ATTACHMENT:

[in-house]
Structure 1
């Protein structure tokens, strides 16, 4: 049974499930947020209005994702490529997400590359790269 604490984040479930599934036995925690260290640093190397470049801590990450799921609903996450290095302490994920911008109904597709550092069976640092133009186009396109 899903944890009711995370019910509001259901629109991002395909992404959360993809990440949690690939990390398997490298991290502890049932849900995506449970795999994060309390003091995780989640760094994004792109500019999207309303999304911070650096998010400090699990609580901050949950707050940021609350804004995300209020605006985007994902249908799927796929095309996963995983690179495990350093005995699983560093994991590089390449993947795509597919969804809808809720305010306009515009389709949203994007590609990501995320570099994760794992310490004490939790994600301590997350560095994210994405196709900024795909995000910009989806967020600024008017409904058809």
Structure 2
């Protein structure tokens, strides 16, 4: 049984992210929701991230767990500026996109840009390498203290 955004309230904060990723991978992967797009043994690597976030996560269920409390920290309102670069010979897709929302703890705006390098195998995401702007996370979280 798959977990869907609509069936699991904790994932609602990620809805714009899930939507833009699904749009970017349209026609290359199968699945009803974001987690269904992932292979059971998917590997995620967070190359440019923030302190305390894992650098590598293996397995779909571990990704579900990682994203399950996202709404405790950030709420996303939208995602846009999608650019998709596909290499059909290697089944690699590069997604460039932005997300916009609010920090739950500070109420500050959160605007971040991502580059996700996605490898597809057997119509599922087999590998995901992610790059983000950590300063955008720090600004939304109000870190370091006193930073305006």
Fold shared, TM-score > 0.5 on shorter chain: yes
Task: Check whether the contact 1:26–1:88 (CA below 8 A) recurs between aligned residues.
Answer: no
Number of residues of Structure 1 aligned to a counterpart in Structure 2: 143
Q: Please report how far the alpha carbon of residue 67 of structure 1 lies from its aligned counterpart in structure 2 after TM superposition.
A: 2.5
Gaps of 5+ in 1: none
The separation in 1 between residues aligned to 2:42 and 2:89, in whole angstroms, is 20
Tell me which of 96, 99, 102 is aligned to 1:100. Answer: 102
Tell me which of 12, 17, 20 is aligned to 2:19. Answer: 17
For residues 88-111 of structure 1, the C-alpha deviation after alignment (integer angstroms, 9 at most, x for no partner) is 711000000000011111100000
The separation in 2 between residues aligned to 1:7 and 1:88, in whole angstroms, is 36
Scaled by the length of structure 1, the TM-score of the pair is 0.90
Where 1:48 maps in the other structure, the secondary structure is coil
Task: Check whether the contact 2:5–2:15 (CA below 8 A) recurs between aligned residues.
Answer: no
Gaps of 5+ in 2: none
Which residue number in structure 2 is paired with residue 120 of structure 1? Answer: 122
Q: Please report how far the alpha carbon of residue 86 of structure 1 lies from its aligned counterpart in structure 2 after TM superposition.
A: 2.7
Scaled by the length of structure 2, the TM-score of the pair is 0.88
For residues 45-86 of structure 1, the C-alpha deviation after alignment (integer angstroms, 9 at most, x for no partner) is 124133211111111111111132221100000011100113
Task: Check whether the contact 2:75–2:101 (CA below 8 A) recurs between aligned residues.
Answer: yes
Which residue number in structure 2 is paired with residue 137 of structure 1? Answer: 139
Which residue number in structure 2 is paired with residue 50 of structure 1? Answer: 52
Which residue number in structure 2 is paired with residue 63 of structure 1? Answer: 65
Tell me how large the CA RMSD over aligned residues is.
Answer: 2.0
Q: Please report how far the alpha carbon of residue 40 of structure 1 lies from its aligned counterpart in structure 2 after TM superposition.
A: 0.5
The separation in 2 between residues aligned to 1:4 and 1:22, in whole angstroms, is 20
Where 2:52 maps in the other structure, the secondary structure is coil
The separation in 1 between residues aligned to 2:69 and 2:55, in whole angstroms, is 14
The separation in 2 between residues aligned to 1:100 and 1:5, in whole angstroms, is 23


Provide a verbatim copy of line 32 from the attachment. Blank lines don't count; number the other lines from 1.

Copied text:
Which residue number in structure 2 is paired with residue 63 of structure 1? Answer: 65